According to a report published in Weed Science, research indicates
that poison ivy has grown much more aggressive since the 1950s, with
leaf size and oil content measurably increased. This is bad news if
you are one of the more than 350,000 people who are stricken by
poison ivy annually.
Poison ivy tops the list of plants to avoid because it contains
urushiol, an oily resin that binds to the skin on contact and may
result in a hypersensitivity reaction characterized by itching,
burning skin eruptions. This rash-causing poison ivy sap is a clear
liquid found in the plant's leaves and the roots, which many people
develop an allergy to over time.
Urushiol oil remains active for several years, so handling dead
leaves or vines can cause a reaction. In addition, oil transferred
from the plant to other objects -- such as gardening tools, an
article of clothing or even a pet -- can cause the rash when it
comes in contact with human skin. If poison ivy is eaten, the mucus
lining of the mouth and digestive tract can be damaged. And if
poison ivy is burned and the smoke inhaled, a rash may appear in the
lining of the lungs, causing extreme pain and respiratory difficulty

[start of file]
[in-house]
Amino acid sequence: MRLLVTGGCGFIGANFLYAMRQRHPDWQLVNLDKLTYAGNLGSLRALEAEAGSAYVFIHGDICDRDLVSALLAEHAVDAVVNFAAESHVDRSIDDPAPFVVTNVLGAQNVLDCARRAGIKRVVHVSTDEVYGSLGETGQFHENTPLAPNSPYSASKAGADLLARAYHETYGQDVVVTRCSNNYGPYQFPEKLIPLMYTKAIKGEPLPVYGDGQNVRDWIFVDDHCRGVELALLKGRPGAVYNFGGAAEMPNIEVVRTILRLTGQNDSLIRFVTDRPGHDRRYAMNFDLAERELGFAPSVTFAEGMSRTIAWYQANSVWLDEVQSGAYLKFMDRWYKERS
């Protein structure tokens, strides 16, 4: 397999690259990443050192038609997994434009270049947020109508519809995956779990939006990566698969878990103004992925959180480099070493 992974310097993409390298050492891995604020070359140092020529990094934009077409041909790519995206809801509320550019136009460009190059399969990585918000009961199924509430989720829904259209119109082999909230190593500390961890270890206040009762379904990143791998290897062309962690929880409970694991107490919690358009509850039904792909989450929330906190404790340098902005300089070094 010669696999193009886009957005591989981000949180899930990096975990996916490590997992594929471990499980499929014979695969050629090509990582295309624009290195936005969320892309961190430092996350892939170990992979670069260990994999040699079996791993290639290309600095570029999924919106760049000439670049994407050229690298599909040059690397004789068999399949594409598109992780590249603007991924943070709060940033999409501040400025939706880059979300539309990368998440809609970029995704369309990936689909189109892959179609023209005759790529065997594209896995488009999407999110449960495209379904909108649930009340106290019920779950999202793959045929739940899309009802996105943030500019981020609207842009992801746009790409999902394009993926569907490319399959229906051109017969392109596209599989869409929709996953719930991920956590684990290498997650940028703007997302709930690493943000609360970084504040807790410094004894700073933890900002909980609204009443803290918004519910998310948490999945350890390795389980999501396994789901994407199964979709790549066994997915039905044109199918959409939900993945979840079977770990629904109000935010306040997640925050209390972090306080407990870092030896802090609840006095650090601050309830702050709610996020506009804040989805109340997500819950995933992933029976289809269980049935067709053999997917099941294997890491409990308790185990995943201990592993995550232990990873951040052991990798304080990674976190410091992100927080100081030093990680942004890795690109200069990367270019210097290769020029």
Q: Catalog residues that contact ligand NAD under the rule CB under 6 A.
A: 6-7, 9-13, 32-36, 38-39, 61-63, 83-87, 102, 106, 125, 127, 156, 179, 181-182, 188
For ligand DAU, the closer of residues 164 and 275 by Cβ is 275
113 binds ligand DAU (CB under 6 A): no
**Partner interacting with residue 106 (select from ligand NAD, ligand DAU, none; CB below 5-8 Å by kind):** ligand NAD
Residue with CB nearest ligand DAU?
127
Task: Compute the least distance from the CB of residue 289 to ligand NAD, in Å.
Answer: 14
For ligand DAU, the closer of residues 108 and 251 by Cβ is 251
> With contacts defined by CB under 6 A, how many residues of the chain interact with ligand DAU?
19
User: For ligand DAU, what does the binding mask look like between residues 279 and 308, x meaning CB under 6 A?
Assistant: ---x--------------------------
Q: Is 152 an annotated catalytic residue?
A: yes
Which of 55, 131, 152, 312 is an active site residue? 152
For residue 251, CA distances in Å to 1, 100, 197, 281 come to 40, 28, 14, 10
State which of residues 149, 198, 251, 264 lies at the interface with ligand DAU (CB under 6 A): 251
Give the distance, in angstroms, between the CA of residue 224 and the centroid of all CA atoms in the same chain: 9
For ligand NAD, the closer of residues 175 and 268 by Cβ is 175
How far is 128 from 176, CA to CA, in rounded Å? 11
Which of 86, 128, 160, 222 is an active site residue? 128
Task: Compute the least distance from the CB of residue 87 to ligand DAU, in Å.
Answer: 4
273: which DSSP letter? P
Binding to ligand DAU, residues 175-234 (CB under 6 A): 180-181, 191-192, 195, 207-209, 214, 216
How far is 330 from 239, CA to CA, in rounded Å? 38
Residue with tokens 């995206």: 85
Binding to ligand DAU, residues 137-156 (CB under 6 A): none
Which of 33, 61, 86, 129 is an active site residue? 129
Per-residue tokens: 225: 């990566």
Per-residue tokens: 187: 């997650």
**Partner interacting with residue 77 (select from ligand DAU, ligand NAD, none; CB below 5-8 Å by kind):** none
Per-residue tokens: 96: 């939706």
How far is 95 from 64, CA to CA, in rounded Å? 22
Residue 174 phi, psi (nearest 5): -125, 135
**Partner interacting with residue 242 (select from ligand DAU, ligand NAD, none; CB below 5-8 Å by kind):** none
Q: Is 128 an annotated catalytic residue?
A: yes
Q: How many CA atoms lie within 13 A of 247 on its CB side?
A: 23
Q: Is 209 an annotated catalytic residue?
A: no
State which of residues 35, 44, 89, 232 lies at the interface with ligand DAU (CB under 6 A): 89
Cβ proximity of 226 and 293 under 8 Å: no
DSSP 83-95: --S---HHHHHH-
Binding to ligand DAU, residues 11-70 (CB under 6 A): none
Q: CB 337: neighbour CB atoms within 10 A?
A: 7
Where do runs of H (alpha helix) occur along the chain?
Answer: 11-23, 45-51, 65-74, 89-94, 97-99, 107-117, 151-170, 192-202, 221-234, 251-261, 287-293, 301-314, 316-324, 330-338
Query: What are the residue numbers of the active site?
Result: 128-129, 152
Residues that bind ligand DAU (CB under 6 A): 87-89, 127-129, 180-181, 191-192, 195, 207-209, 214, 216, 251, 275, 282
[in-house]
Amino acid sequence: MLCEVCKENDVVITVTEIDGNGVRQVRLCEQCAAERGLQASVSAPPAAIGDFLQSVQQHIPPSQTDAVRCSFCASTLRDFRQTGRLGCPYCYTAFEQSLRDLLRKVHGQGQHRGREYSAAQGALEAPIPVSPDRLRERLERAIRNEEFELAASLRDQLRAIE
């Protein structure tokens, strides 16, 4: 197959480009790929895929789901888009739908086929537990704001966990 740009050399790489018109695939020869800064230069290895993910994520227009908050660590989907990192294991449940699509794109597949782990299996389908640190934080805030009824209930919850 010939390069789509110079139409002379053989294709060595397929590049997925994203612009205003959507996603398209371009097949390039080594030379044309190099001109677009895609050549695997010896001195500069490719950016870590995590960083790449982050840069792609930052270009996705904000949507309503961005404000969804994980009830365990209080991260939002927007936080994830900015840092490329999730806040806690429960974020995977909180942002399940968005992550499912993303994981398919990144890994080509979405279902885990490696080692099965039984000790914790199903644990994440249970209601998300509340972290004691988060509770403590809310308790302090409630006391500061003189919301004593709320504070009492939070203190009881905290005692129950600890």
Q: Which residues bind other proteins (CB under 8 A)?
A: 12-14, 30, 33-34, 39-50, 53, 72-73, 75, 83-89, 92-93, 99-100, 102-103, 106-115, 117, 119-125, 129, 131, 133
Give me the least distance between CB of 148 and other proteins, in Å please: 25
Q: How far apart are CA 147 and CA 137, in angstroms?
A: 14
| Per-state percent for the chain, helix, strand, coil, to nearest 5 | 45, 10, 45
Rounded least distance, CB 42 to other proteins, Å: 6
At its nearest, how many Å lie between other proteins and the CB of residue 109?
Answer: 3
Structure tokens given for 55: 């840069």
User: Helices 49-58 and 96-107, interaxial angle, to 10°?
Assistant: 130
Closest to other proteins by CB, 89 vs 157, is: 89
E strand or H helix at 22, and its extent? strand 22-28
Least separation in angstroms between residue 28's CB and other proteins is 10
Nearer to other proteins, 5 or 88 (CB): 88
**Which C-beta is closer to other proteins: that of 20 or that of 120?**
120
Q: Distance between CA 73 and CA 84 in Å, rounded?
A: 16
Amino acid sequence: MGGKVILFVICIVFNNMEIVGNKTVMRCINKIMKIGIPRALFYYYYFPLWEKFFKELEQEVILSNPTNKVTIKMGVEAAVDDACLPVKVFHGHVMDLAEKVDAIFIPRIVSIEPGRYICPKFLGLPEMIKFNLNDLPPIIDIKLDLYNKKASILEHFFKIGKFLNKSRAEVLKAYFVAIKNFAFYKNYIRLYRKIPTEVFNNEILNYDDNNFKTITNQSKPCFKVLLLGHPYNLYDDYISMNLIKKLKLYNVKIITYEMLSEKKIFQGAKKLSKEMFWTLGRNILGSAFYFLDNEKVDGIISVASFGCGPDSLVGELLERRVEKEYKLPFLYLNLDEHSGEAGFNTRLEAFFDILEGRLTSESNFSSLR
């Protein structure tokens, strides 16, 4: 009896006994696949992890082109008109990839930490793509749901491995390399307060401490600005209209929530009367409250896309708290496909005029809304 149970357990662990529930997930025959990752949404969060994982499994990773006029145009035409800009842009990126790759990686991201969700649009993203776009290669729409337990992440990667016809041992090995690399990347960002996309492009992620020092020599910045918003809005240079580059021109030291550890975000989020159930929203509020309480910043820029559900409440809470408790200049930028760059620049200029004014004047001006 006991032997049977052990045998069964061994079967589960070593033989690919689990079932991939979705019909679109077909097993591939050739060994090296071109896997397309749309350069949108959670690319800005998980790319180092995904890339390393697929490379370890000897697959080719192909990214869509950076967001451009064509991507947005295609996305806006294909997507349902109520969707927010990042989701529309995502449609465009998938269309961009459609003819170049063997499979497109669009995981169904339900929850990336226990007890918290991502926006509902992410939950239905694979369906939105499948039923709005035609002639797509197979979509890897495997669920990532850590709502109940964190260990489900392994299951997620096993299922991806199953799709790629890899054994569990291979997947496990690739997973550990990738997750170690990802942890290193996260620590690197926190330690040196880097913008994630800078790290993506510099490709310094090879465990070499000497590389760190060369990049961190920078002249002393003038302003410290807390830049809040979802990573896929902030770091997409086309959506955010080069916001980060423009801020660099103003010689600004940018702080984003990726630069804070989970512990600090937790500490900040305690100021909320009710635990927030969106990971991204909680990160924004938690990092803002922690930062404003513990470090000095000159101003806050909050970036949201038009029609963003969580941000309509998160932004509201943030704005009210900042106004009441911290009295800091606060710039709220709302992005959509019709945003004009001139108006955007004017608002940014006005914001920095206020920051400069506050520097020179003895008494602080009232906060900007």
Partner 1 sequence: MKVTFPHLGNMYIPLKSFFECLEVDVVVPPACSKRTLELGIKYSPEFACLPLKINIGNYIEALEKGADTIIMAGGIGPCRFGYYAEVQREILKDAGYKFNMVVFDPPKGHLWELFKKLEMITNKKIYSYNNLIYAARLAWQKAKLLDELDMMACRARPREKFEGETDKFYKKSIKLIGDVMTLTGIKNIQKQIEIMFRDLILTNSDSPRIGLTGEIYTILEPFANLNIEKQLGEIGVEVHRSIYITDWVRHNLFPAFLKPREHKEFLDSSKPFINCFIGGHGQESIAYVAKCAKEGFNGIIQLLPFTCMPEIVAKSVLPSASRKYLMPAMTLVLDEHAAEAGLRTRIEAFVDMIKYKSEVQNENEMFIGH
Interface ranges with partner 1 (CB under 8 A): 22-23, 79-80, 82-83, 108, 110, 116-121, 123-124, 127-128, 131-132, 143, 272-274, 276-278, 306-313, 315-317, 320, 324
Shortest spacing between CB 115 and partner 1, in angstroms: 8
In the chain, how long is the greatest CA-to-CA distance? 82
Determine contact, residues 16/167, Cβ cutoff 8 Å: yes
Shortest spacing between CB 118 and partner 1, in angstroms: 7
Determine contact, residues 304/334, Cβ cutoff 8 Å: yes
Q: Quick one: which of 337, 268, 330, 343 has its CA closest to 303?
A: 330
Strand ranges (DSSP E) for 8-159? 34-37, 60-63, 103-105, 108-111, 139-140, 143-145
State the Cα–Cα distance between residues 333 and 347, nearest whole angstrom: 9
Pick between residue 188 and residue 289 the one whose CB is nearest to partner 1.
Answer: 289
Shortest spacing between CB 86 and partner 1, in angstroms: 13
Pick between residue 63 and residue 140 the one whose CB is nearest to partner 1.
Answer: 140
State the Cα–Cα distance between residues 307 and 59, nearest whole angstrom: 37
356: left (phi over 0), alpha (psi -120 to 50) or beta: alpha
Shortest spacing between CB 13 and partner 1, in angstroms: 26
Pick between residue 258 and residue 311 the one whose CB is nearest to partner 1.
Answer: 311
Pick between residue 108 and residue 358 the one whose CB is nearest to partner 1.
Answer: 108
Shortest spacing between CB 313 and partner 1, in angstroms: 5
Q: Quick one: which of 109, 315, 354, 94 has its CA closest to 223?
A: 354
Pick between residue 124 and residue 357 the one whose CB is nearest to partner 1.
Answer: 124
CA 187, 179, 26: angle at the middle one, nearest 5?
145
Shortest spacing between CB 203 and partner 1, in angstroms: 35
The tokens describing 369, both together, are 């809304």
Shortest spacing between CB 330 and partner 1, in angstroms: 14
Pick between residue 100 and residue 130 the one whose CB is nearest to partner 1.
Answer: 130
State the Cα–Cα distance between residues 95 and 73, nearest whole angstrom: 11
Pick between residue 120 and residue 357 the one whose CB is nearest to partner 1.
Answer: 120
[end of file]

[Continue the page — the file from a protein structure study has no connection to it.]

that may become life-threatening.
Lou Paradise, president and chief of research of Topical
BioMedics, makers of Topricin, says, "It's a particularly strong
year for poison ivy, so it's important for everyone to be aware
there are ways to prevent outbreaks, or safely treat rashes and
minimize the discomfort and duration should they occur."
About the plant
Capt. John Smith was the first to describe the plant, coining the
name "poison ivy" in 1609. Poison ivy grows throughout much of North
America and is extremely common in New England, the mid-Atlantic and
southeastern U.S. It's typically found in wooded areas, as well as
exposed rocky areas and open fields, and can be recognized by its
group of three leaflets on small stems coming off larger main stems.
For decades, parents have taught their children the singsong phrase
"leaves of three, let it be" as a way of learning to spot this
pretty but toxic plant. Poison ivy also has inconspicuous greenish